The popular Mr. Coffee coffeemaker and Rival crock pot drove business. They could hardly keep Mr. Coffee in stock, and the pair assembled crock pots from parts and sold them to dealers to compensate for shortages.
A backlog of four to six weeks was quite long compared to a turnaround time of one to two days today, Roberts said. He declined to divulge revenue, or compare the golden years to now.
Although the work has slowed, he sticks to his daily regimen of opening at 5 a.m. and closing at 5 p.m. on weekdays. Vacuumcleaner repairs still keep him busy, and business continues to trickle in from across the country.
Customers who inquire about his hours often have to ask twice upon hearing his early arrival time. He’s never missed a day of work, he said, even though back spasms sometimes have left him barely able to walk.
The shop once even served as his second home-literally. Roberts is twice divorced and bunked in the store’s back room for a spell while a bachelor. He has two daughters who live in Nashville, Tenn., and New Jersey.
He met his current wife, Diane, at a single’s party in Lawrence. Walking into the venue, Roberts had a strange feeling he would meet someone that night. He spotted her upon entering, and they married in 1994. She leads the payroll department of a downtown company and handles Roberts’ bookkeeping duties.
“She was the first [wife] who understood what it meant to own your own business,” he said. “You have to be here.”
Nearing the end
While business has suffered, there is another reason Roberts is retiring. He’s received word that his new neighbor will be a piercing and tattoo parlor.
“Good grief,” he said, “I don’t want to be around that.”
Bar 52 and Dairy Queen are the only two businesses that have been in the neighborhood as long as Mr. Fix-It. Mike Spears has owned the Dairy Queen for 30 years and has known Roberts for at least 40 years. They both grew up in the area, and Roberts still lives at 11th and Franklin streets.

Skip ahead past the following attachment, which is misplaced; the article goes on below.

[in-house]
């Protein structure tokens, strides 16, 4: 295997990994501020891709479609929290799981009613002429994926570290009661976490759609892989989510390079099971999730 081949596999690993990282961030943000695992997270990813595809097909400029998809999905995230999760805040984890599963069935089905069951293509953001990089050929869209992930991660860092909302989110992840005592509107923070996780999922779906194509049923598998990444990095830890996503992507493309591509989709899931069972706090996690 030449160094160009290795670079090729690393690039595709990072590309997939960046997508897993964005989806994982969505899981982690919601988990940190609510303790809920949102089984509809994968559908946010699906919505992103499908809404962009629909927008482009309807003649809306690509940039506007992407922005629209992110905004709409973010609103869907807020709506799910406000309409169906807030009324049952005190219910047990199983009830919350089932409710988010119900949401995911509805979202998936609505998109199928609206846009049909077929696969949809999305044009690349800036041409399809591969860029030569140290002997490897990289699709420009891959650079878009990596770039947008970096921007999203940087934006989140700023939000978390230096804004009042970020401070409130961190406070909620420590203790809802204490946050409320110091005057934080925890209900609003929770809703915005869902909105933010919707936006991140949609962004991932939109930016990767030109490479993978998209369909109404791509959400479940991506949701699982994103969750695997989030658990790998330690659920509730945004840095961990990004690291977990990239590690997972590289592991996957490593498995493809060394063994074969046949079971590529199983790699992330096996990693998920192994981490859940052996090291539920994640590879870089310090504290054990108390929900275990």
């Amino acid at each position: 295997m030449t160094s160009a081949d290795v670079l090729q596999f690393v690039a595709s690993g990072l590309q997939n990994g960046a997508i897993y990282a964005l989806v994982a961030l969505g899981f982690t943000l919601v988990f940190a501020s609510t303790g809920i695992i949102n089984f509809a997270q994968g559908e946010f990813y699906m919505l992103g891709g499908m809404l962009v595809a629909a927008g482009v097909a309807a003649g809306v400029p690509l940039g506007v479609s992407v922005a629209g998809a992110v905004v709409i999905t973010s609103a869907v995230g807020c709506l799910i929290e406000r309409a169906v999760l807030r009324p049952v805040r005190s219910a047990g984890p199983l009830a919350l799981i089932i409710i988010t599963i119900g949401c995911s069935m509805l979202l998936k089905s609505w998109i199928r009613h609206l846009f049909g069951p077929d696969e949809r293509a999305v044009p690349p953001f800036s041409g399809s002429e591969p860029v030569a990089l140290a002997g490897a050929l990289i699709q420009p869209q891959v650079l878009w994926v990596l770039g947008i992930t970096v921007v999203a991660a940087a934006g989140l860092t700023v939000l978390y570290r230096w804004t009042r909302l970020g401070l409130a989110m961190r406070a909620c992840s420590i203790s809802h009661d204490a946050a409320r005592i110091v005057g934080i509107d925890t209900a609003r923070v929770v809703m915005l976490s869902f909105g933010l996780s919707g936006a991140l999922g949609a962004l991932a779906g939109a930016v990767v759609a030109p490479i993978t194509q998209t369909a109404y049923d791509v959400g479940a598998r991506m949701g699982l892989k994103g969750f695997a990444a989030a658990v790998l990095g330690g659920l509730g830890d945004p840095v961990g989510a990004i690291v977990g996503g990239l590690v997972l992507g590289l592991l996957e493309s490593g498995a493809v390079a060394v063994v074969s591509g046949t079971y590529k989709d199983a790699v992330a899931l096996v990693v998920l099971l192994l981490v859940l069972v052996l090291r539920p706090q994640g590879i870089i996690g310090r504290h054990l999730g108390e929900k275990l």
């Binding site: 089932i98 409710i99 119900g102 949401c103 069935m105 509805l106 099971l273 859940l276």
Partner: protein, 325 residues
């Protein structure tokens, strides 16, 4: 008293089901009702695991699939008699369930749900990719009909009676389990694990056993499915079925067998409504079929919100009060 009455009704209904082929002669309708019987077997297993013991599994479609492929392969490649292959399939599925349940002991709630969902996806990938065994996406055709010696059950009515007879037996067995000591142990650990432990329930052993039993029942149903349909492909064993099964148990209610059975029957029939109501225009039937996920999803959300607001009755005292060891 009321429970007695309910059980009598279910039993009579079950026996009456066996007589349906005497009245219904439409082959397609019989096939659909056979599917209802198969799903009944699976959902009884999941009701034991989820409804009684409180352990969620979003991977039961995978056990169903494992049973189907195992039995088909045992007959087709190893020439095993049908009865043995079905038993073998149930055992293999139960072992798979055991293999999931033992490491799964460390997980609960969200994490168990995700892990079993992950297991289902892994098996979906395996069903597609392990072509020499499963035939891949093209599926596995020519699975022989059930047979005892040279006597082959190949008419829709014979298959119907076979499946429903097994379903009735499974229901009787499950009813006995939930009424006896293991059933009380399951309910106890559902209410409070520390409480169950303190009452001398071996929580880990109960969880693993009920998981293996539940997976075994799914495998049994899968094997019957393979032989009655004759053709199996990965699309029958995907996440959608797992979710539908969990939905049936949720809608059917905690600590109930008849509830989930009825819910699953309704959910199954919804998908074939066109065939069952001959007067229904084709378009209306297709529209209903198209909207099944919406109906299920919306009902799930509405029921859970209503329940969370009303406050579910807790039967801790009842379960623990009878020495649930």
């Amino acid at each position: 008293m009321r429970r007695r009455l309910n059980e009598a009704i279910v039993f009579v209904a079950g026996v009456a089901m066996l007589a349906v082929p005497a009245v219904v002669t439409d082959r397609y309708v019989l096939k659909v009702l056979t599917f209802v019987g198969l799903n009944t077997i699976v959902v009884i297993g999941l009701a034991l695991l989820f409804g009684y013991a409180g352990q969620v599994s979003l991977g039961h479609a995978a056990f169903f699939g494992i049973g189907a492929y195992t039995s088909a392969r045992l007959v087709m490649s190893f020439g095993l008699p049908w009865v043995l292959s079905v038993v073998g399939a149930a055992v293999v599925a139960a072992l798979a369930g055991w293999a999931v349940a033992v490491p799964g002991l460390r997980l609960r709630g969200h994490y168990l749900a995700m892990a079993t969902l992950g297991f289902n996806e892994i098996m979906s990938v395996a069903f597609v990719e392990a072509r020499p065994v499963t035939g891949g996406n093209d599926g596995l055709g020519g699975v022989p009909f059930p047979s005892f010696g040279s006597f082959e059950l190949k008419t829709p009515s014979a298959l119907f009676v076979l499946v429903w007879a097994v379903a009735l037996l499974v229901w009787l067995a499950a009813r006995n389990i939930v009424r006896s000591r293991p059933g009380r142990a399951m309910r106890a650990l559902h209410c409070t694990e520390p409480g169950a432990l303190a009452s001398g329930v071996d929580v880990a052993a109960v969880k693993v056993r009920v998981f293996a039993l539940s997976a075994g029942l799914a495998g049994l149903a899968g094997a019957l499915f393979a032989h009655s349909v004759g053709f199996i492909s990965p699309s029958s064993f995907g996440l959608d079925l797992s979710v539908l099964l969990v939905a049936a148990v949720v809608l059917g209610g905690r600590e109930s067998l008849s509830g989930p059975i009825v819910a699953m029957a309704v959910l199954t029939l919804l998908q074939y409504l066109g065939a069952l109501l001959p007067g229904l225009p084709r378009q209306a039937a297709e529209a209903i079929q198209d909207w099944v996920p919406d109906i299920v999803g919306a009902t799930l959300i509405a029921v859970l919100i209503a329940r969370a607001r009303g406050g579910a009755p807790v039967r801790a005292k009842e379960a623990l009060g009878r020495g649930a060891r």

Upon retirement, though, Roberts wants to get started on the home he plans to design and build on State Road 52 on Indianapolis’ east side, which is being widened to four lanes to accommodate development.
Roberts has worked on Spears’ equipment through the years and still plans to after he closes the shop. But Spears said he still will miss Roberts.
“We’re the old-timers,” he said. “We have a close relationship, as far as a business point of view.”
As Roberts nears retirement, he’s been selling his inventory and stockpile of parts to Don Daniels, who owns Brand Appliance Servicenter in the 1800 block of North Meridian Street.
Daniels recently turned 60 and plans to stay in business until he’s 65. His service center, once part of the General Electric family, is only one of three Brand centers remaining in the nation; the others are in Houston and Corpus Christi, Texas.
Although competitors, Roberts and Daniels are friends.
“I’ve known him for quite a few years, but we became closer the last four or five years,” Daniels said. “We pretty much help each other out. In the past, we were both so busy we didn’t have time to consider dealing with each other.”
Contemplating his last day of work, Roberts said: “It’s not going to be good. But it’s all got to come to an end.”